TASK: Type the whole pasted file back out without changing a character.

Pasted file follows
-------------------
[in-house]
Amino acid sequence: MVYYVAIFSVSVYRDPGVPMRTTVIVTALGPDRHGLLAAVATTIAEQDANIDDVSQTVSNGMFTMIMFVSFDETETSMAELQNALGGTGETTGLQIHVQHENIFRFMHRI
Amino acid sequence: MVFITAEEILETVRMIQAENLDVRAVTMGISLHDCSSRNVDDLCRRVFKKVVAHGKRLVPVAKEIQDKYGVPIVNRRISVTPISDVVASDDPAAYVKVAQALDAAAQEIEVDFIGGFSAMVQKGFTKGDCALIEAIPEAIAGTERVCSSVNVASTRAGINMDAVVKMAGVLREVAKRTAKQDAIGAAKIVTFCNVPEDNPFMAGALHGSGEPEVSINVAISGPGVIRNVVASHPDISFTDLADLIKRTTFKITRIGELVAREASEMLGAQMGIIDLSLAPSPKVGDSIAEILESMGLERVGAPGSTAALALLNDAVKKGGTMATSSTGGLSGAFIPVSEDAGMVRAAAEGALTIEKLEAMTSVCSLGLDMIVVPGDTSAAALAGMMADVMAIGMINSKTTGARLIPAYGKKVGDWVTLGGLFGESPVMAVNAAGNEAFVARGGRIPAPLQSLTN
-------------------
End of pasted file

[in-house]
Amino acid sequence: MVYYVAIFSVSVYRDPGVPMRTTVIVTALGPDRHGLLAAVATTIAEQDANIDDVSQTVSNGMFTMIMFVSFDETETSMAELQNALGGTGETTGLQIHVQHENIFRFMHRI
Amino acid sequence: MVFITAEEILETVRMIQAENLDVRAVTMGISLHDCSSRNVDDLCRRVFKKVVAHGKRLVPVAKEIQDKYGVPIVNRRISVTPISDVVASDDPAAYVKVAQALDAAAQEIEVDFIGGFSAMVQKGFTKGDCALIEAIPEAIAGTERVCSSVNVASTRAGINMDAVVKMAGVLREVAKRTAKQDAIGAAKIVTFCNVPEDNPFMAGALHGSGEPEVSINVAISGPGVIRNVVASHPDISFTDLADLIKRTTFKITRIGELVAREASEMLGAQMGIIDLSLAPSPKVGDSIAEILESMGLERVGAPGSTAALALLNDAVKKGGTMATSSTGGLSGAFIPVSEDAGMVRAAAEGALTIEKLEAMTSVCSLGLDMIVVPGDTSAAALAGMMADVMAIGMINSKTTGARLIPAYGKKVGDWVTLGGLFGESPVMAVNAAGNEAFVARGGRIPAPLQSLTN